The Enemy (New Zealand band)

The Enemy were a punk rock band from Dunedin, New Zealand, that are often seen as the starting point of the Dunedin sound rock movement.

The Enemy
OriginDunedin, New Zealand
GenresPunk rock
Years active1977-1978
Past membersChris Knox
Alec Bathgate
Mick Dawson
Mike Dooley
Phil Judd

Formed early 1977 and fronted by vocalist Chris Knox with bassist Mick Dawson, drummer Mike Dooley, and guitarist Alec Bathgate, the band were strongly influenced by artists similar to those cited by the then-ascendant international punk rock music scene. Elements of Glam rock, hard rock and the catchy chart-pop music of the 1960s were fused with definitive pre-punk acts like Lou Reed and Iggy Pop (who is referred to in the song "Iggy Told Me", during the performance of which Knox would often intentionally cut himself, drawing blood). During the last months of 1978, bassist Mick Dawson left to return to Dunedin and former Split Enz member Phil Judd joined the band, but the lineup proved incompatible. Due to these and other tensions (the 'punk' label was becoming something of a burden), the Enemy ceased soon after.

Though the band did not release any official recordings, some of their performances and their few-but-extensive studio recordings (their entire 20-song repertoire was recorded in Auckland, October 1978 just before their November split) are available in bootleg form.[1] With a solid 'originals-only' performance regime, the Enemy are seen as hugely influential on the development of New Zealand's indigenous rock music culture. Though the band only existed from 1977 to 1978, they created a distinct, idiosyncratic style and popularised an 'original music is crucial' attitude which helped facilitate the development of several local music scenes in both Dunedin and New Zealand in general.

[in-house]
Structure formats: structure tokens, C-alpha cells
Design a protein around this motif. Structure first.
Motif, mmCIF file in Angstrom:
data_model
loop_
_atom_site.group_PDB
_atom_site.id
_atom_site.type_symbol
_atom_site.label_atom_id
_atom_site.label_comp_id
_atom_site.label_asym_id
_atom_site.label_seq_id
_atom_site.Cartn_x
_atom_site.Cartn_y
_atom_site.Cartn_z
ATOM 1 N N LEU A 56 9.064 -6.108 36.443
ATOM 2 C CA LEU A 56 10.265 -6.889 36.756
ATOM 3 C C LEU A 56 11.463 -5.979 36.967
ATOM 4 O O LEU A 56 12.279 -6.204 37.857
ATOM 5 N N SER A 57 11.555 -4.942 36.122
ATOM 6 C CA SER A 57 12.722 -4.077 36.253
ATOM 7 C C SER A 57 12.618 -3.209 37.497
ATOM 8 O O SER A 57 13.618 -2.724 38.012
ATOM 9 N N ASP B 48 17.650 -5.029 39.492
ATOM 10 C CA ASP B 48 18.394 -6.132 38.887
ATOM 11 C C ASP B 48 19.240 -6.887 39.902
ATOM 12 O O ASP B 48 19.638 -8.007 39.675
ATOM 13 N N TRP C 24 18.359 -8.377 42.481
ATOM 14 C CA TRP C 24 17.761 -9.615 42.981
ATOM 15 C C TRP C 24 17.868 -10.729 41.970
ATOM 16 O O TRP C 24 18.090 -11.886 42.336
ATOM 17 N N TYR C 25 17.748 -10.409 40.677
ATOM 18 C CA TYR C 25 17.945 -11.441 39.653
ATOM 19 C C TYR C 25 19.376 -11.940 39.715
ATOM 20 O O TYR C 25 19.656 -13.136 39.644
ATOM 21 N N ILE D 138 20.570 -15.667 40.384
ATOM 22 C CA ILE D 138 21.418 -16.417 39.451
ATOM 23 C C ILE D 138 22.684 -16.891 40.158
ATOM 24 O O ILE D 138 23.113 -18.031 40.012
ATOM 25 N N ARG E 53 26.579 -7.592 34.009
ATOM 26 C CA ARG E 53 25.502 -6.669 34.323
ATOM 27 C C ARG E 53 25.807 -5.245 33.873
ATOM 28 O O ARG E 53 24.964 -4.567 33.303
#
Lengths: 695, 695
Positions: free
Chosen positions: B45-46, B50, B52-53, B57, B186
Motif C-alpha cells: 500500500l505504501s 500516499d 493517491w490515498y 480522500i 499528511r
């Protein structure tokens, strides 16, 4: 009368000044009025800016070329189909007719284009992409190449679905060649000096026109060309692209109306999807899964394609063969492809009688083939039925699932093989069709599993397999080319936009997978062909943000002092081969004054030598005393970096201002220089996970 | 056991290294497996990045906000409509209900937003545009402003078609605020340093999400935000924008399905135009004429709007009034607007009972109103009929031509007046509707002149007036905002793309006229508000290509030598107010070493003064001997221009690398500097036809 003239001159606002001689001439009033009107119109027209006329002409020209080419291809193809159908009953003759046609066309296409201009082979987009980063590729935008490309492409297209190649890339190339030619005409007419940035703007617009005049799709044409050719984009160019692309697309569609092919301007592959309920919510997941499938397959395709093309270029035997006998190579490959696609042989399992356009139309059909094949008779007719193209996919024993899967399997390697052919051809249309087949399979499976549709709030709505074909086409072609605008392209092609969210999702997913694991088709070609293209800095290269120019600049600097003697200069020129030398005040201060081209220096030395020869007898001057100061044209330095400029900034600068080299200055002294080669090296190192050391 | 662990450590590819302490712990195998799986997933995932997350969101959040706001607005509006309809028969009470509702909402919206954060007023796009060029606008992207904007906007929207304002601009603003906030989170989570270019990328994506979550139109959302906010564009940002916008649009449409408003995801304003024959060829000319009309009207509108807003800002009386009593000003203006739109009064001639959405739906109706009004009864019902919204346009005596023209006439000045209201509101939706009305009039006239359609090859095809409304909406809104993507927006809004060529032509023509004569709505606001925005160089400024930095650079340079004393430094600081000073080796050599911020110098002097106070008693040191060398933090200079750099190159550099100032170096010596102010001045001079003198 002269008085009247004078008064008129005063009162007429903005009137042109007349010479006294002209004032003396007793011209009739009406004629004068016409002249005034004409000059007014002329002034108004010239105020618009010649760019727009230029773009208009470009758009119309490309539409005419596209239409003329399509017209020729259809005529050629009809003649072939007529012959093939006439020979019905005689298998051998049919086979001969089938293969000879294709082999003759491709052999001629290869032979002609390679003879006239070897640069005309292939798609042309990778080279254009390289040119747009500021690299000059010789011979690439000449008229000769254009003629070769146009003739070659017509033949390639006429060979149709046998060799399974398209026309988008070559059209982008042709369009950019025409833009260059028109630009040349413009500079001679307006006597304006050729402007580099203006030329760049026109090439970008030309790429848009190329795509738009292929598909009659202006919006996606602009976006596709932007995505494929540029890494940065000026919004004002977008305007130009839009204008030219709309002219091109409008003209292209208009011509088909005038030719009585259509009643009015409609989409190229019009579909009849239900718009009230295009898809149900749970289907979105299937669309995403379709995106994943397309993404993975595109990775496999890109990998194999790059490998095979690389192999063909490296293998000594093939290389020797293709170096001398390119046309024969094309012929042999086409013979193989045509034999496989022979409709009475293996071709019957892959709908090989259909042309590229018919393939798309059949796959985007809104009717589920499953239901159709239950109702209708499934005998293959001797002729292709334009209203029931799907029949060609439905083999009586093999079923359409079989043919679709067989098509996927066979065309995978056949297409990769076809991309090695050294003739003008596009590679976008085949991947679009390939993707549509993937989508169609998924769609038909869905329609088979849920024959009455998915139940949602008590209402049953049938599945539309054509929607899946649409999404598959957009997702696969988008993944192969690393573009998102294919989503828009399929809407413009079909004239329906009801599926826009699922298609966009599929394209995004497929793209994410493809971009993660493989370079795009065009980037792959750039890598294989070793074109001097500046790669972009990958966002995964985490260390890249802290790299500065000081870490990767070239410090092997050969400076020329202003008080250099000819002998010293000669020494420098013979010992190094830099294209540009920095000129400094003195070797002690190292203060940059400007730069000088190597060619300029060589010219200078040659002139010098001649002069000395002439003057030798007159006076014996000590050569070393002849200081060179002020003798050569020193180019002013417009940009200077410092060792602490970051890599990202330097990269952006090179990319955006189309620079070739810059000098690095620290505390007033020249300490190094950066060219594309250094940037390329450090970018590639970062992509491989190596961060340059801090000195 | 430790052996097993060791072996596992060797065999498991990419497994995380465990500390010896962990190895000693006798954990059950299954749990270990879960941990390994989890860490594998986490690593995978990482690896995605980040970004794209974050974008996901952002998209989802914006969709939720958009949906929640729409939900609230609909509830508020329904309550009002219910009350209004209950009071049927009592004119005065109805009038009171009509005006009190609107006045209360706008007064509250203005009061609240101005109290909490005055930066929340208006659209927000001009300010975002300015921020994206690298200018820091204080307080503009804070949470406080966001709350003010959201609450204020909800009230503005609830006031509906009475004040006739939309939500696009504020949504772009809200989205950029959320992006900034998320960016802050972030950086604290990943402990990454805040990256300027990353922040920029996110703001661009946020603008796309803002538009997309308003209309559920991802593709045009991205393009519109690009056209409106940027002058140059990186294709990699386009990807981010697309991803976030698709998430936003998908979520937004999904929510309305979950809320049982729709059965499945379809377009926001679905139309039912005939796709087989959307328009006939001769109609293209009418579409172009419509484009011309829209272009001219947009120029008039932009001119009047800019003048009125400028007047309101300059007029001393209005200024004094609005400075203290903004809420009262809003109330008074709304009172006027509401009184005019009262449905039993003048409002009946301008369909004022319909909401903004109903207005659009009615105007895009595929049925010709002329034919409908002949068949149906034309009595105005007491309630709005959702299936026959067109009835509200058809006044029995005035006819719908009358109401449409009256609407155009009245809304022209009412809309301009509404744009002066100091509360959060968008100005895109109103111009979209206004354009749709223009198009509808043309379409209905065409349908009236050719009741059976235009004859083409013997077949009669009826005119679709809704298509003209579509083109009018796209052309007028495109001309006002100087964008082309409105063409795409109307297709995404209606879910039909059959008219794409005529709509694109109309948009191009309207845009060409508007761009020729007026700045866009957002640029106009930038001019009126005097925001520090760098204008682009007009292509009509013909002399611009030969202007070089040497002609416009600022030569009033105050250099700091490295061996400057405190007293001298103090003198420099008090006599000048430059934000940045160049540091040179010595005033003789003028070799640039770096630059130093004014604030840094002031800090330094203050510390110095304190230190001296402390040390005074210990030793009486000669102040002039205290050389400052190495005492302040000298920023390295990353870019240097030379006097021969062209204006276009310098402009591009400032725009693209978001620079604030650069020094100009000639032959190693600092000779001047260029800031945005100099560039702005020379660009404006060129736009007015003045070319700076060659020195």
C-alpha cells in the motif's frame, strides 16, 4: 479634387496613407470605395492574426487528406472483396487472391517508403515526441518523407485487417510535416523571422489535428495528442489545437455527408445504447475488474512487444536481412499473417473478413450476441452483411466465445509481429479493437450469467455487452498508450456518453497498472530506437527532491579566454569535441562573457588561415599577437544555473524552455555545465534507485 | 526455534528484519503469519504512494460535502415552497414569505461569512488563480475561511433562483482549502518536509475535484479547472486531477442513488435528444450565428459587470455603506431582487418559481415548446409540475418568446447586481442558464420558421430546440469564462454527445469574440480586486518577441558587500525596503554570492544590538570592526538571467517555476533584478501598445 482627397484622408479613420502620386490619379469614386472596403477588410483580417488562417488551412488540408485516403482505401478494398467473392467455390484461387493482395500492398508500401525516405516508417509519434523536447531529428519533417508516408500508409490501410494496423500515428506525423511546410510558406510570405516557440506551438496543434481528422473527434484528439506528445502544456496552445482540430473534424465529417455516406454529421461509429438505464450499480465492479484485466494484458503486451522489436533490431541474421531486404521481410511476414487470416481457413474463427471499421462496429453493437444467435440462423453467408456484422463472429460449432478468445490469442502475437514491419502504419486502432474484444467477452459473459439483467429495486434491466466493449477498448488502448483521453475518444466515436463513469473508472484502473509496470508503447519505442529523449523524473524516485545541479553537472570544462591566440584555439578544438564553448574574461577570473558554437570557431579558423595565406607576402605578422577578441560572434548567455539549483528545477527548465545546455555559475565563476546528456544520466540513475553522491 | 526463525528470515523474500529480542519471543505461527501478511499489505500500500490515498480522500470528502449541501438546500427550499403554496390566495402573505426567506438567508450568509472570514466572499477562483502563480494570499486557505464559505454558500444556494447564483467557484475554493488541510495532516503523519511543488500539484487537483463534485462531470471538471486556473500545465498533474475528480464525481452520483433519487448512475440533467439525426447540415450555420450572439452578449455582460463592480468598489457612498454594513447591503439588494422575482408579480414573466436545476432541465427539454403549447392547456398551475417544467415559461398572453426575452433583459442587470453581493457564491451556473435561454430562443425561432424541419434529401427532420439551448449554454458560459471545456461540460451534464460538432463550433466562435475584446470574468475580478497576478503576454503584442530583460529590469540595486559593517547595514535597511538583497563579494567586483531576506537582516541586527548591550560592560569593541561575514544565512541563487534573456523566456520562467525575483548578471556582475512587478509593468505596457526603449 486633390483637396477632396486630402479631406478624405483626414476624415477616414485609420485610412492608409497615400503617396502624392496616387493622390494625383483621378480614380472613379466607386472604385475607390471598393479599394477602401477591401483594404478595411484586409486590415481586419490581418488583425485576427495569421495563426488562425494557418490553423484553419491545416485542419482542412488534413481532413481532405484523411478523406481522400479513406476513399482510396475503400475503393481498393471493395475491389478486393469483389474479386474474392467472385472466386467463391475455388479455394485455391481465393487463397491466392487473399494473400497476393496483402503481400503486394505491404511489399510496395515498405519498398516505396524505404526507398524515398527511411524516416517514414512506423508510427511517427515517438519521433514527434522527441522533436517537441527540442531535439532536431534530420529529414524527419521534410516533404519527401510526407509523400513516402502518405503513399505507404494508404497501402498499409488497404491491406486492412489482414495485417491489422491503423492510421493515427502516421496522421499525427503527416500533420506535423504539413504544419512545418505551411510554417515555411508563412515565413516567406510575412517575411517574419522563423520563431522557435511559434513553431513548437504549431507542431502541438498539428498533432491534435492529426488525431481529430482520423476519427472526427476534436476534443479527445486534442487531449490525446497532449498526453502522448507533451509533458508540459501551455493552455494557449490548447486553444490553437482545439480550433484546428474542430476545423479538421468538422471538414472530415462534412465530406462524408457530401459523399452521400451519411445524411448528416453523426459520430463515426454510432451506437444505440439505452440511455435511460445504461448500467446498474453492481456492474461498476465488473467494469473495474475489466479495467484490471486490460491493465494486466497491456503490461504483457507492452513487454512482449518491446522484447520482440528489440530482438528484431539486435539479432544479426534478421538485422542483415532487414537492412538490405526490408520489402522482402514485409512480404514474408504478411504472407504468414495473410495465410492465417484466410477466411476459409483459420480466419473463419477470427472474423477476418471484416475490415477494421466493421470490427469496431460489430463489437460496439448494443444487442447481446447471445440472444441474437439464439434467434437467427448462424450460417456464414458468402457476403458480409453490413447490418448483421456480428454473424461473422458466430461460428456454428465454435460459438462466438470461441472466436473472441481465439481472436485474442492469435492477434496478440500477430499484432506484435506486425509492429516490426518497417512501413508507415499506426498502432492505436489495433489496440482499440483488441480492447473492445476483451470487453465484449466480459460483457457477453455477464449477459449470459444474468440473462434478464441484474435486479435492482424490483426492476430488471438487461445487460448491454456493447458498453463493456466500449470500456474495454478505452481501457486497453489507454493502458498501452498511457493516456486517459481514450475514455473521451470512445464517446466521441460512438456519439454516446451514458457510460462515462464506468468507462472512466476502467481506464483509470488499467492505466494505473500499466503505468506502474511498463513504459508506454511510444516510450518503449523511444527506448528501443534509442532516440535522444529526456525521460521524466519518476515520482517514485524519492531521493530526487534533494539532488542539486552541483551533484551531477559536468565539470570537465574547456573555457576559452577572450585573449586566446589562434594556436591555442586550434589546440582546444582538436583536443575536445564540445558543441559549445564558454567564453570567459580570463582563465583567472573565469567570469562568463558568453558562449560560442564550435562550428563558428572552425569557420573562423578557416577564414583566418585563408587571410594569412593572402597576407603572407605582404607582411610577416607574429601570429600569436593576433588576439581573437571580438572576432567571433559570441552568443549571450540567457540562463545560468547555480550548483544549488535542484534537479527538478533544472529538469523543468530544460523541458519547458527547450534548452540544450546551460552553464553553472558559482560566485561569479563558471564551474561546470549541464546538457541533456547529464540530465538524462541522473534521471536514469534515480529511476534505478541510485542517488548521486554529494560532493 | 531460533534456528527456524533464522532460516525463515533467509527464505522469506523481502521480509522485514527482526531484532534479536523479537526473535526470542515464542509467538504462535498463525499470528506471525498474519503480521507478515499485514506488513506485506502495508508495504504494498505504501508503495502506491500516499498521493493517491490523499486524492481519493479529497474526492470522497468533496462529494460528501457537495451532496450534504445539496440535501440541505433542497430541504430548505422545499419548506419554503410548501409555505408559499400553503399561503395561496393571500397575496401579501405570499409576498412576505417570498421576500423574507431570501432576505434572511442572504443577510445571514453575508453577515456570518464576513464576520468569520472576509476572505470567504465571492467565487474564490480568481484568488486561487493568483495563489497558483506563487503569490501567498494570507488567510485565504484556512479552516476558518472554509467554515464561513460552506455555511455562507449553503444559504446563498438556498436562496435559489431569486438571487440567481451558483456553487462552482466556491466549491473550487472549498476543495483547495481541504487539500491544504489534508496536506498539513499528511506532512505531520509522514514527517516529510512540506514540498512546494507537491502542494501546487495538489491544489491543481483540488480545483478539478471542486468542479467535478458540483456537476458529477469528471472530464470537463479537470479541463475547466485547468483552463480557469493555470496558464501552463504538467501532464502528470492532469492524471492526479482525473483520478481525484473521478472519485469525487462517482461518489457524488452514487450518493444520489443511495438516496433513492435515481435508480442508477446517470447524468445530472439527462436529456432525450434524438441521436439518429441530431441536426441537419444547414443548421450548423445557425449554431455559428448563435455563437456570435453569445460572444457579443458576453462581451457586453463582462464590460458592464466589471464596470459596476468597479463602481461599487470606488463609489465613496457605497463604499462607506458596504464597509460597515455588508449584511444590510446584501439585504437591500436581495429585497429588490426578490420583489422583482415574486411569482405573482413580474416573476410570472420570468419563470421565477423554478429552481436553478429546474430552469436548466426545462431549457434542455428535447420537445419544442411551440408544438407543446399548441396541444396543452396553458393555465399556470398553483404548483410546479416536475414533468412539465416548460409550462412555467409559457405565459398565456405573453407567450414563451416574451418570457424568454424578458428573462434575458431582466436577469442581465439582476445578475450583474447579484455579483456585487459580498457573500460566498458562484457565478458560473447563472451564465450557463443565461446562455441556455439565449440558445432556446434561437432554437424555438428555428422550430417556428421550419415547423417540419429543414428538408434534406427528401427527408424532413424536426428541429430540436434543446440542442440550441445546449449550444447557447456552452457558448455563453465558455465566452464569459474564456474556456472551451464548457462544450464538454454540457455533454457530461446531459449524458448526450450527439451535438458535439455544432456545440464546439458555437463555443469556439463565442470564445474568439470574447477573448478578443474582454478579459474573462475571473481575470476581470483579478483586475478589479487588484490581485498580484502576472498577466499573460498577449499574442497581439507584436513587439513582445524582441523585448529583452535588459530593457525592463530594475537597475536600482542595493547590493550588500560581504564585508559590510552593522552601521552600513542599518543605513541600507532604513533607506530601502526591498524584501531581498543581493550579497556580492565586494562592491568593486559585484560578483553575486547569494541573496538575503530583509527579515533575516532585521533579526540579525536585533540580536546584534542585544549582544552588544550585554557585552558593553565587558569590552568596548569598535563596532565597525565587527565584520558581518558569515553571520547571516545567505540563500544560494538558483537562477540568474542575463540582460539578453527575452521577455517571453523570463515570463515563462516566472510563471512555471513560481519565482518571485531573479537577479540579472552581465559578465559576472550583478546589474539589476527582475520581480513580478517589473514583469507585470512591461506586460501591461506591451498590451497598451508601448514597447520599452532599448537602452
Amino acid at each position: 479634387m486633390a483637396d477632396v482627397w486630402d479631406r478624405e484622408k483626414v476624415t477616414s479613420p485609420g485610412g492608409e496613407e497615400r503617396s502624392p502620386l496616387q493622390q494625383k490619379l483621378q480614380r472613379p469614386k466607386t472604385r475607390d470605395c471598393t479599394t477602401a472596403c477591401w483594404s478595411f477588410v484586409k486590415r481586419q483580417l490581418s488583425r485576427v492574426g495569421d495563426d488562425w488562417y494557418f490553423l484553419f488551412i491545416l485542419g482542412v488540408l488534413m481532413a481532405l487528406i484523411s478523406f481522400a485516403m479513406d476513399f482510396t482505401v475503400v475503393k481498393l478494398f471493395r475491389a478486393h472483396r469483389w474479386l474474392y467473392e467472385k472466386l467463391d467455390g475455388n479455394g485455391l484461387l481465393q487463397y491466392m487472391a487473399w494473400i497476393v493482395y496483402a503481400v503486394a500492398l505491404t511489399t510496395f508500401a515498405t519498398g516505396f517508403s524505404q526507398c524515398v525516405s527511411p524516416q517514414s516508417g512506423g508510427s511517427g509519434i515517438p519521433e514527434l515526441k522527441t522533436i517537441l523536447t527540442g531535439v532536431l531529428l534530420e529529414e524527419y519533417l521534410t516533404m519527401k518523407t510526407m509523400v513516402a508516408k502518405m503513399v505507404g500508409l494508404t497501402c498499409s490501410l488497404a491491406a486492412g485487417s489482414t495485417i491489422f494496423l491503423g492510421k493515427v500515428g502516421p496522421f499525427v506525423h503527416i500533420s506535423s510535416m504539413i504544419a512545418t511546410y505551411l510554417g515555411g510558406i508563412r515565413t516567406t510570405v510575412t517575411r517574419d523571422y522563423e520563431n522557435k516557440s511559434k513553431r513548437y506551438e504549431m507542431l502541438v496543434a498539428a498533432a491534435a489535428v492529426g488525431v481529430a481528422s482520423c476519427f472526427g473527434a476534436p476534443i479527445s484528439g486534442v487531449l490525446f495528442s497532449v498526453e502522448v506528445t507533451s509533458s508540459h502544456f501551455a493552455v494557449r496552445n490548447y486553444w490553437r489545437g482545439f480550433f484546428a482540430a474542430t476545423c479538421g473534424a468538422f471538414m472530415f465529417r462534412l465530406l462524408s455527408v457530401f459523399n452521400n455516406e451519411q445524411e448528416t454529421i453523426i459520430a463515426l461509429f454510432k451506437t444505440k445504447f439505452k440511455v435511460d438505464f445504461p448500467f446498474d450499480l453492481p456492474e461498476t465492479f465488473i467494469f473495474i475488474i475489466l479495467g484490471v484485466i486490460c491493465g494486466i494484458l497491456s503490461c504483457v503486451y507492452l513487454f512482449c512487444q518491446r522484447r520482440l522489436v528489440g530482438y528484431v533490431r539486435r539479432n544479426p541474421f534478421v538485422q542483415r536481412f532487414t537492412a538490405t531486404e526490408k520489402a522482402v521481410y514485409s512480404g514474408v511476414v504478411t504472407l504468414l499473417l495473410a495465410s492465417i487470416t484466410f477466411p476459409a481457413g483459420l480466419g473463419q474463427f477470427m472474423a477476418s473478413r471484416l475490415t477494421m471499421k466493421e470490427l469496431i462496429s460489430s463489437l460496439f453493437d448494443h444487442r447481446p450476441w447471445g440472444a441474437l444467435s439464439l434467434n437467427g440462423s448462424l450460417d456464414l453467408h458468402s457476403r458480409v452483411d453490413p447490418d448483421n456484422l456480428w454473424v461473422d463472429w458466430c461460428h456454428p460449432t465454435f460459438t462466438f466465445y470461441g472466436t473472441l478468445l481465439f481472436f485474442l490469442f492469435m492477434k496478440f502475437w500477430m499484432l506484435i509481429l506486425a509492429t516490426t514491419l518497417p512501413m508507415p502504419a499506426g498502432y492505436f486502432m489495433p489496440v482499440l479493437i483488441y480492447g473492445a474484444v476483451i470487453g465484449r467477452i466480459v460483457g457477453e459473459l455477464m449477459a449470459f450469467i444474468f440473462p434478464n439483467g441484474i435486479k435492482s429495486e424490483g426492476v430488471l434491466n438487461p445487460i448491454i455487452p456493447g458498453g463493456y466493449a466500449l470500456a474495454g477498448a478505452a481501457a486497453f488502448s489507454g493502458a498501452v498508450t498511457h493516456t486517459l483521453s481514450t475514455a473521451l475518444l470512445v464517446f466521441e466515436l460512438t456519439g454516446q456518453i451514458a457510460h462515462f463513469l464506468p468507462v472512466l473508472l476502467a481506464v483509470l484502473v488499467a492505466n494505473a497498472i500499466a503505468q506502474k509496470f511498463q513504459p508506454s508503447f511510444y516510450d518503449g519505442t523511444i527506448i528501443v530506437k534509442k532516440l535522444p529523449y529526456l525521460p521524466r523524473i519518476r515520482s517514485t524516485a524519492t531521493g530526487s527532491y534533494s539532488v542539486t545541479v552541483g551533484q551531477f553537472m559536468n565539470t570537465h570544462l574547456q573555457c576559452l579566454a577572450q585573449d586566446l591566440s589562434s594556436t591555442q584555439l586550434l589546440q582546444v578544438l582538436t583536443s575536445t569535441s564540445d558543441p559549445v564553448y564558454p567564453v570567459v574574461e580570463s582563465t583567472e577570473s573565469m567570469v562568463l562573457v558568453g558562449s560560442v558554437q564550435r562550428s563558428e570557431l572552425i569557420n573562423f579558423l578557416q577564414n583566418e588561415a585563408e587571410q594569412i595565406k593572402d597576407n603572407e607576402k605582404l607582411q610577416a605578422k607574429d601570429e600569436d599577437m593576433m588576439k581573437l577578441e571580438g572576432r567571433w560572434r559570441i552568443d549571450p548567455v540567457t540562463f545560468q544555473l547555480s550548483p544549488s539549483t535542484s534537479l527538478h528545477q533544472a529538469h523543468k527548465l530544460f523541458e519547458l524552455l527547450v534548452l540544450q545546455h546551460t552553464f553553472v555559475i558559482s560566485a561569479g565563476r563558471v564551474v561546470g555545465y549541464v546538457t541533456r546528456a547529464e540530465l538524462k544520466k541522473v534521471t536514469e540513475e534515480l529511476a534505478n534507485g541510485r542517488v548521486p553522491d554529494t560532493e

Upon the demise of the Enemy, Bathgate, Dooley and Knox went on to form Toy Love. Toy Love played a number of songs that the Enemy had originally performed, though usually with some musical rearrangement or alteration of the sometimes-pungent lyrics. Songs that began with the Enemy but were subsequently utilised by Toy Love include "Swimming Pool", "I Don't Mind", "1978", "Squeeze", "Cold Meat", "I'm Not Bored" (which The Enemy introduced as "I'm Not Bored, I'm Dead"), and "Don't Catch Fire". After Toy Love broke up in October 1980, Bathgate and Knox remained together as Tall Dwarfs.

Early supporters of the Enemy included Dunedin brothers Hamish and David Kilgour, founders of The Clean. Legend has it that Hamish Kilgour named The Enemy for their music style, and in response or retaliation, Knox commented that the Kilgour's own sound was "squeaky clean", hence that band's name.

Further readingEdit

Churton, W. R. (1999, 2001). Have You Checked the Children? Punk and postpunk music in New Zealand, 1977-1981. Christchurch, NZ: Put Your Foot Down Publishing. ISBN 0-47306-196-1

Eggleton, D. (2003). Ready to Fly. Nelson, NZ: Craig Potton. ISBN 1-877333-06-9


External linksEdit